Death Penalty Sought for 2 in Asian Boyz Murder Case


Santa Clara County prosecutors will seek the death penalty against two members of the notorious Asian Boyz street gang in the 1998 killing of a San Jose man whose son testified against gang kingpins, authorities said Wednesday.

The two gang members from Van Nuys also intended to kill three key witnesses during the lengthy Van Nuys proceedings as part of a wider conspiracy to disrupt the trial, according to the indictment.

Asian Boyz members waited outside the Van Nuys Courthouse during the trial, stalking three former members who had decided to testify against the gang, said Karyn Sinunu, a spokeswoman for the Santa Clara County district attorney’s office.

Girlfriends and wives of Asian Boyz gang members were assigned to sit in the courtroom to look for lapses in security that might provide an opportunity for assassination, Sinunu said .


“There was a large-scale attempt on the part of most of the gang to obstruct this trial and kill witnesses,” Sinunu said.

Charged on suspicion of killing Dong Dinh, 64, were Van Hang Heang, 22, and Pov Touch, 26.

Dinh was killed as he answered the door at his San Jose home on the night of Oct. 23, 1998. He was shot five times. The indictment names Heang as the shooter.

Prosecutors said the conspiracy targeted three witnesses: Dinh’s son, Truong Dinh; Paolo Prado; and Chris Dang.


Prosecutors alleged that Heang and Touch made an earlier trip to San Jose to find Truong Dinh’s family in December 1997, 10 months before his father was killed.

Both defendants are being held in San Jose on the indictments, which were returned May 25.

Dinh’s killing was in retaliation for his son’s testimony, San Jose Police Sgt. Steve Dixon said. Truong Dinh, a reformed gang member, testified for two weeks providing powerful testimony against former fellow Asian Boyz when his father was killed in San Jose. Truong Dinh continued his testimony three days after his father’s death, and ultimately all seven defendants were convicted of multiple murder charges.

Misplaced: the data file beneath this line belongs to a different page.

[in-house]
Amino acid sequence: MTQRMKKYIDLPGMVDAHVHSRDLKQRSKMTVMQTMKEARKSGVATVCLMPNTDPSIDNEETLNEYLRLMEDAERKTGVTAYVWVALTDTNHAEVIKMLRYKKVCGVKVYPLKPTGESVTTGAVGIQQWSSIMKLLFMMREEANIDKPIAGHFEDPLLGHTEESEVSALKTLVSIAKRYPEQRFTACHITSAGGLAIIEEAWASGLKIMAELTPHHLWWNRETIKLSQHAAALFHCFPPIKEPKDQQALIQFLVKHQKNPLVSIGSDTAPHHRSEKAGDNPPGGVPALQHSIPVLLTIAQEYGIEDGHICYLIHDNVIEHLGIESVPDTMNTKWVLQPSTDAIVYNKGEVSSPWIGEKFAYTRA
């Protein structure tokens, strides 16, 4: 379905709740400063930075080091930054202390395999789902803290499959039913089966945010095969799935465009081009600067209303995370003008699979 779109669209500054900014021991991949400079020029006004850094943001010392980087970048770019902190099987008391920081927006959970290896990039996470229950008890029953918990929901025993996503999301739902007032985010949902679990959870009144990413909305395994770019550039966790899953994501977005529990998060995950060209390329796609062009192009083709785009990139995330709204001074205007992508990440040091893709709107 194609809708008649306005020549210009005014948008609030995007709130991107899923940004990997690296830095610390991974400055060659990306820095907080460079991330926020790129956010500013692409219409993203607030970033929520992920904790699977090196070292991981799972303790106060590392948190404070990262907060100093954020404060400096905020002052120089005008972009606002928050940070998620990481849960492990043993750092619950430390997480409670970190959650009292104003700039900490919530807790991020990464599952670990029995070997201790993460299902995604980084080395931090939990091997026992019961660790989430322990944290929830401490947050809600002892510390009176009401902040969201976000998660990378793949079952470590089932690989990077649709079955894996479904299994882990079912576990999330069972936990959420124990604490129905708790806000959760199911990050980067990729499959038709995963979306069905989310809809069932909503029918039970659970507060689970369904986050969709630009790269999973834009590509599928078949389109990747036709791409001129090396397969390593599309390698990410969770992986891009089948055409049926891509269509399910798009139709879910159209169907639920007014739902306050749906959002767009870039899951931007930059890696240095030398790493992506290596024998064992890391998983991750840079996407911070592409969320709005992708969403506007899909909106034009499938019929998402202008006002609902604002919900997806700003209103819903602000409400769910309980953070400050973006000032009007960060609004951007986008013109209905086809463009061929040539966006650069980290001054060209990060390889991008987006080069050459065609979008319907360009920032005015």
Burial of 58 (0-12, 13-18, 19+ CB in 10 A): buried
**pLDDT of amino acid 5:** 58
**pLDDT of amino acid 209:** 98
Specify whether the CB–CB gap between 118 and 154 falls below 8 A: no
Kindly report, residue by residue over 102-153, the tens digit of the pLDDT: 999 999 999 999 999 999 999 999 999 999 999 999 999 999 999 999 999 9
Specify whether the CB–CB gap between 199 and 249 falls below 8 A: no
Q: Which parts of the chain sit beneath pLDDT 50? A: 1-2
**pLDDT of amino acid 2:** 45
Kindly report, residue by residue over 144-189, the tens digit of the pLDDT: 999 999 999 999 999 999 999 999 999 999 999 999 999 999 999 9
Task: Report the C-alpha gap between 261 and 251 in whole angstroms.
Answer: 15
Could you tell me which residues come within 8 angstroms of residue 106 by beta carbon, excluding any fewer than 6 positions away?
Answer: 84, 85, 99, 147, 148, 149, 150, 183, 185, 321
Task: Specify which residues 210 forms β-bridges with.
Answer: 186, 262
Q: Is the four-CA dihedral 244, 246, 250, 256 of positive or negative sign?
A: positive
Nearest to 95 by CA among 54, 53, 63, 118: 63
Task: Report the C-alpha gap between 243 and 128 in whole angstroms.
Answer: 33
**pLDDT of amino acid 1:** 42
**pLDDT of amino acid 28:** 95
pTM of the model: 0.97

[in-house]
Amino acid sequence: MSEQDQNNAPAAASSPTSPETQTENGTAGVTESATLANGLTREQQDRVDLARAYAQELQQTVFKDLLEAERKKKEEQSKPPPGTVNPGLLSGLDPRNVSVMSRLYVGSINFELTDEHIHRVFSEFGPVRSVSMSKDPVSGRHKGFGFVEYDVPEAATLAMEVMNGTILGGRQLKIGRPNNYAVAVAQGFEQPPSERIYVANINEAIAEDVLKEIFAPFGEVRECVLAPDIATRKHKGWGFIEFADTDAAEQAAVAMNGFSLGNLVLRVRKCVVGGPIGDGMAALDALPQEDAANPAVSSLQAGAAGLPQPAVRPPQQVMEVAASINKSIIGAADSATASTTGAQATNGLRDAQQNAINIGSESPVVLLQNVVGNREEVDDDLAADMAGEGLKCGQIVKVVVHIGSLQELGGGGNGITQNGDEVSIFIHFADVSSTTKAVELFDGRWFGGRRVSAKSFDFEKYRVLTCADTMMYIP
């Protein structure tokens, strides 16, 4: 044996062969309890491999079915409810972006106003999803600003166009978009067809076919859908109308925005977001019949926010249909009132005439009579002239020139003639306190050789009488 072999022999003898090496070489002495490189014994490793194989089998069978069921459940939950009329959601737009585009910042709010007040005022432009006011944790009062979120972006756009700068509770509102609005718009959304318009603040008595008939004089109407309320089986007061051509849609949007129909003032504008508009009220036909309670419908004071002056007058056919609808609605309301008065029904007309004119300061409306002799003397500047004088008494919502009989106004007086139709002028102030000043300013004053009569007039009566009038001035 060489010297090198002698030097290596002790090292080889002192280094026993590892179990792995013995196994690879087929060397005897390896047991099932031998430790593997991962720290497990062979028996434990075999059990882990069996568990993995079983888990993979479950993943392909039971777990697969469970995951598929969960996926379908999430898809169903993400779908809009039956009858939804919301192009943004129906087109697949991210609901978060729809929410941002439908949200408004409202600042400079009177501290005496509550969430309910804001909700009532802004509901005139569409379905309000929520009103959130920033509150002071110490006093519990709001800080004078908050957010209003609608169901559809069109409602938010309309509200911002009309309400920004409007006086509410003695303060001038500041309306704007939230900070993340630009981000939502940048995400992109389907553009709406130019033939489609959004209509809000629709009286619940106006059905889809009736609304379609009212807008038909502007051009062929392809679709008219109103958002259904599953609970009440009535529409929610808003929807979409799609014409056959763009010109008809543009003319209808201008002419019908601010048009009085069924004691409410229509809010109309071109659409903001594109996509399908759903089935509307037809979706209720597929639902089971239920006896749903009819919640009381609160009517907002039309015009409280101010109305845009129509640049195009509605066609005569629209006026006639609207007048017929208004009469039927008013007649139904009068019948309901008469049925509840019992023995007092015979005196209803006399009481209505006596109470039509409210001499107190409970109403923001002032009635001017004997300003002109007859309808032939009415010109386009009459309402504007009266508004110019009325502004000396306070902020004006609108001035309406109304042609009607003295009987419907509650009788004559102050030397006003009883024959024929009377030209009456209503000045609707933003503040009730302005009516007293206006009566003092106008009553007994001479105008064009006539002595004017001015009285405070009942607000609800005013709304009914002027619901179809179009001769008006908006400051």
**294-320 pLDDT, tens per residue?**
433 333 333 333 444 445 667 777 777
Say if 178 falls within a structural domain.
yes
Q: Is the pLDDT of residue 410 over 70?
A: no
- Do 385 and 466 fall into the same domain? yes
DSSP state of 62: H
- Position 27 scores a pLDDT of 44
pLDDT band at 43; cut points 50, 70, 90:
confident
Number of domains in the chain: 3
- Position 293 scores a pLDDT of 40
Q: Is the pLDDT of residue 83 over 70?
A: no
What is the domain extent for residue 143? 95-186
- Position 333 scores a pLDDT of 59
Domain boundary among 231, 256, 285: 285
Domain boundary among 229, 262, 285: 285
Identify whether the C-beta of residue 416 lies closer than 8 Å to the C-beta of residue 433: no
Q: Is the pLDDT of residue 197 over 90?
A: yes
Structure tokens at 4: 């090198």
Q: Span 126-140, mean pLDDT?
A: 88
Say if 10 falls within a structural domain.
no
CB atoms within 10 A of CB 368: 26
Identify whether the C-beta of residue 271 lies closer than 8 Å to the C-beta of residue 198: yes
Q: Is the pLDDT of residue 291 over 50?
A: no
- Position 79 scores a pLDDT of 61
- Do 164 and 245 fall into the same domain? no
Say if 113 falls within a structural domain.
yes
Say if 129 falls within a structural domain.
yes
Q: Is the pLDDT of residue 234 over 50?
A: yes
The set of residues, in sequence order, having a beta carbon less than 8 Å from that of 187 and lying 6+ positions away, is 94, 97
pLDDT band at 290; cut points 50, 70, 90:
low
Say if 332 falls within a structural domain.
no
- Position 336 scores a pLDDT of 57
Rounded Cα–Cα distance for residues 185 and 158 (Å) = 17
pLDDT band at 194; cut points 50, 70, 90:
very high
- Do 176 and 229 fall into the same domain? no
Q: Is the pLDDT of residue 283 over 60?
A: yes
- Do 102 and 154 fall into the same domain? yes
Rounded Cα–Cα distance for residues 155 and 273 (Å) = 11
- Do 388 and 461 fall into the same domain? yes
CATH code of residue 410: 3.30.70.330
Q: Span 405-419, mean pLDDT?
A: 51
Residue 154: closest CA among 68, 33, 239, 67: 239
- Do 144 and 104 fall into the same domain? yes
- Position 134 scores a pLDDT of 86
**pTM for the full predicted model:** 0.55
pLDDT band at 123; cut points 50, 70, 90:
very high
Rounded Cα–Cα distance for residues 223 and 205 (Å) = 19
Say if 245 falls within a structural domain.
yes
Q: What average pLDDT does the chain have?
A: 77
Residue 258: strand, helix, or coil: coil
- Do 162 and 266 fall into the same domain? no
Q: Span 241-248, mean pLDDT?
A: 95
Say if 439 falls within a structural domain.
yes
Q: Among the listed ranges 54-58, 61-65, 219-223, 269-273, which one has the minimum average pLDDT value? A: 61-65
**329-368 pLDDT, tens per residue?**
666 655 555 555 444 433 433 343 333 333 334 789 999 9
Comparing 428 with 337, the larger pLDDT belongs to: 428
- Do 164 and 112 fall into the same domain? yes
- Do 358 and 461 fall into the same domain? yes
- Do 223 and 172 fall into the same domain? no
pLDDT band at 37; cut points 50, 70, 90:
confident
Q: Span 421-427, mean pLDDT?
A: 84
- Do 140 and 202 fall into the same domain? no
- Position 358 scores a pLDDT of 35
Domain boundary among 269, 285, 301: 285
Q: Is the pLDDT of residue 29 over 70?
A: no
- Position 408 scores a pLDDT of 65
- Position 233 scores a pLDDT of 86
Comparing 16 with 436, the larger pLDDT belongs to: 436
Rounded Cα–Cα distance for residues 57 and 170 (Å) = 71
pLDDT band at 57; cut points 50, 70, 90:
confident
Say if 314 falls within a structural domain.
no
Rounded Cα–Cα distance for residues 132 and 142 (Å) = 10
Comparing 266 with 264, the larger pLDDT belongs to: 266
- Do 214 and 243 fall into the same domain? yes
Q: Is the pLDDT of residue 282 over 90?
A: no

The Los Angeles Police Department provided protection to Truong Dinh and one other witness in the Asian Boyz case, but not to their families. At the time, Truong Dinh was in jail and security at the Van Nuys Courthouse was the tightest it had been in years. The other witness was relocated to a new home by the district attorney’s office.


No special protection was offered to the Dinh family because police and prosecutors were not informed of any threats against the family, LAPD Det. Larry Dolley said.

“You do it based on a credible threat. You don’t just do it arbitrarily,” Dolley said. “I don’t know what you could do realistically to ensure everyone’s safety.”

Los Angeles County Deputy Dist. Atty. Laura Baird, the prosecutor in the Asian Boyz case, said the killing of Dong Dinh did not hurt the prosecution of the gang. None of the other witnesses pulled out of the case because of the killing, although they did fear for the safety of their families.

“It had an effect on the witnesses on the periphery. They were more afraid,” Baird said.


Two years earlier, the murder of a witness had derailed a gang prosecution.

On March 23, 1996, the day before two Asian Boyz were to be tried for murder, another gang member-turned-witness was gunned down outside his home. The killing crippled the prosecution’s case because his testimony had not been preserved. In the end, prosecutors were forced to strike a plea agreement with the defendants and reduced the charges to manslaughter.

After that murder, police targeted the gang. By that point, police said the Asian Boyz had committed 13 murders and dozens of attempted murders, assaults, robberies and home-invasion robberies in a yearlong spree of violent crime beginning in April 1995.

Det. Woodrow Parks of the Valley Special Enforcement Unit said there was no indication the Dinh family was in danger.


“This one kind of caught us off guard. They lived so far away. Usually, people we protect live nearby,” Parks said. “There was nothing we did wrong. There had been no threats. There was no indication. There were hundreds of witnesses. We couldn’t protect everybody’s family.”